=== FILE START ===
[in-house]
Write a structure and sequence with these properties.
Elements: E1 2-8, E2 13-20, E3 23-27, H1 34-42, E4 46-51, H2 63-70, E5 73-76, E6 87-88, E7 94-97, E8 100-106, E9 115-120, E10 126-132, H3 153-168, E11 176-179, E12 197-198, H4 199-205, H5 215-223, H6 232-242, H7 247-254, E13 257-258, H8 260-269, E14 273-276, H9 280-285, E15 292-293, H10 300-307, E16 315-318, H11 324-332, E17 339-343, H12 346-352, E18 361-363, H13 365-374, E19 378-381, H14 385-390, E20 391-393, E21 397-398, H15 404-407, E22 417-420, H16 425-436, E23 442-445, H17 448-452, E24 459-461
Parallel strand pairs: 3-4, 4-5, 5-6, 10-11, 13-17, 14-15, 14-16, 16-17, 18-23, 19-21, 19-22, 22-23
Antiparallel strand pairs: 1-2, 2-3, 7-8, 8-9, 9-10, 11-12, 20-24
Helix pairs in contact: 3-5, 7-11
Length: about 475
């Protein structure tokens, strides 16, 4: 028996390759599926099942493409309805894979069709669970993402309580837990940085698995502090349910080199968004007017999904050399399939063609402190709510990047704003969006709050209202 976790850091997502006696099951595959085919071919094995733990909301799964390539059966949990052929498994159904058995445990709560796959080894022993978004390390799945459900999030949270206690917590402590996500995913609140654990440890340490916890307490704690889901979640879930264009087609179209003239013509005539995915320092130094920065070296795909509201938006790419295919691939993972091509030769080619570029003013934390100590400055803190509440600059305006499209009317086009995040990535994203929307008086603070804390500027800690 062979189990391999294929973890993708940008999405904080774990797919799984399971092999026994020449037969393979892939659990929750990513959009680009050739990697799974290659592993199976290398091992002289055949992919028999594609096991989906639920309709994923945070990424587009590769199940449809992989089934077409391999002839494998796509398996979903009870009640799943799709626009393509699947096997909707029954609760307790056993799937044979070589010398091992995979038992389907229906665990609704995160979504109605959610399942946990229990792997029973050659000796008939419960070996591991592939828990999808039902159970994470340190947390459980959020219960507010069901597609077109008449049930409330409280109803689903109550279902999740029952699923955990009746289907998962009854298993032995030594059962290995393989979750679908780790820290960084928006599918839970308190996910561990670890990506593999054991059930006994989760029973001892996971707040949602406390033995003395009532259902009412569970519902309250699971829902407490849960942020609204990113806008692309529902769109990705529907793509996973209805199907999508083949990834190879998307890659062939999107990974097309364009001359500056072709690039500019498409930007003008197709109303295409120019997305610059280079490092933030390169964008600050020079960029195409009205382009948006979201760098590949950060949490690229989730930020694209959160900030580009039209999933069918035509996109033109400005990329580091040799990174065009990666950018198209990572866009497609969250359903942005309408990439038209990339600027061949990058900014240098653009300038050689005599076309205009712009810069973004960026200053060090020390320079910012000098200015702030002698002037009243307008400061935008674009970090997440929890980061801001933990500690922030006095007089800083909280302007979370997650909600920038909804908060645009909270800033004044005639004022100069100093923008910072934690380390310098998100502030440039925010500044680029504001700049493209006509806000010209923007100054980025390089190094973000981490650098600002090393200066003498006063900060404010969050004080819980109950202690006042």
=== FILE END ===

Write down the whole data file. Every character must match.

[in-house]
Write a structure and sequence with these properties.
Elements: E1 2-8, E2 13-20, E3 23-27, H1 34-42, E4 46-51, H2 63-70, E5 73-76, E6 87-88, E7 94-97, E8 100-106, E9 115-120, E10 126-132, H3 153-168, E11 176-179, E12 197-198, H4 199-205, H5 215-223, H6 232-242, H7 247-254, E13 257-258, H8 260-269, E14 273-276, H9 280-285, E15 292-293, H10 300-307, E16 315-318, H11 324-332, E17 339-343, H12 346-352, E18 361-363, H13 365-374, E19 378-381, H14 385-390, E20 391-393, E21 397-398, H15 404-407, E22 417-420, H16 425-436, E23 442-445, H17 448-452, E24 459-461
Parallel strand pairs: 3-4, 4-5, 5-6, 10-11, 13-17, 14-15, 14-16, 16-17, 18-23, 19-21, 19-22, 22-23
Antiparallel strand pairs: 1-2, 2-3, 7-8, 8-9, 9-10, 11-12, 20-24
Helix pairs in contact: 3-5, 7-11
Length: about 475
């Protein structure tokens, strides 16, 4: 028996390759599926099942493409309805894979069709669970993402309580837990940085698995502090349910080199968004007017999904050399399939063609402190709510990047704003969006709050209202 976790850091997502006696099951595959085919071919094995733990909301799964390539059966949990052929498994159904058995445990709560796959080894022993978004390390799945459900999030949270206690917590402590996500995913609140654990440890340490916890307490704690889901979640879930264009087609179209003239013509005539995915320092130094920065070296795909509201938006790419295919691939993972091509030769080619570029003013934390100590400055803190509440600059305006499209009317086009995040990535994203929307008086603070804390500027800690 062979189990391999294929973890993708940008999405904080774990797919799984399971092999026994020449037969393979892939659990929750990513959009680009050739990697799974290659592993199976290398091992002289055949992919028999594609096991989906639920309709994923945070990424587009590769199940449809992989089934077409391999002839494998796509398996979903009870009640799943799709626009393509699947096997909707029954609760307790056993799937044979070589010398091992995979038992389907229906665990609704995160979504109605959610399942946990229990792997029973050659000796008939419960070996591991592939828990999808039902159970994470340190947390459980959020219960507010069901597609077109008449049930409330409280109803689903109550279902999740029952699923955990009746289907998962009854298993032995030594059962290995393989979750679908780790820290960084928006599918839970308190996910561990670890990506593999054991059930006994989760029973001892996971707040949602406390033995003395009532259902009412569970519902309250699971829902407490849960942020609204990113806008692309529902769109990705529907793509996973209805199907999508083949990834190879998307890659062939999107990974097309364009001359500056072709690039500019498409930007003008197709109303295409120019997305610059280079490092933030390169964008600050020079960029195409009205382009948006979201760098590949950060949490690229989730930020694209959160900030580009039209999933069918035509996109033109400005990329580091040799990174065009990666950018198209990572866009497609969250359903942005309408990439038209990339600027061949990058900014240098653009300038050689005599076309205009712009810069973004960026200053060090020390320079910012000098200015702030002698002037009243307008400061935008674009970090997440929890980061801001933990500690922030006095007089800083909280302007979370997650909600920038909804908060645009909270800033004044005639004022100069100093923008910072934690380390310098998100502030440039925010500044680029504001700049493209006509806000010209923007100054980025390089190094973000981490650098600002090393200066003498006063900060404010969050004080819980109950202690006042």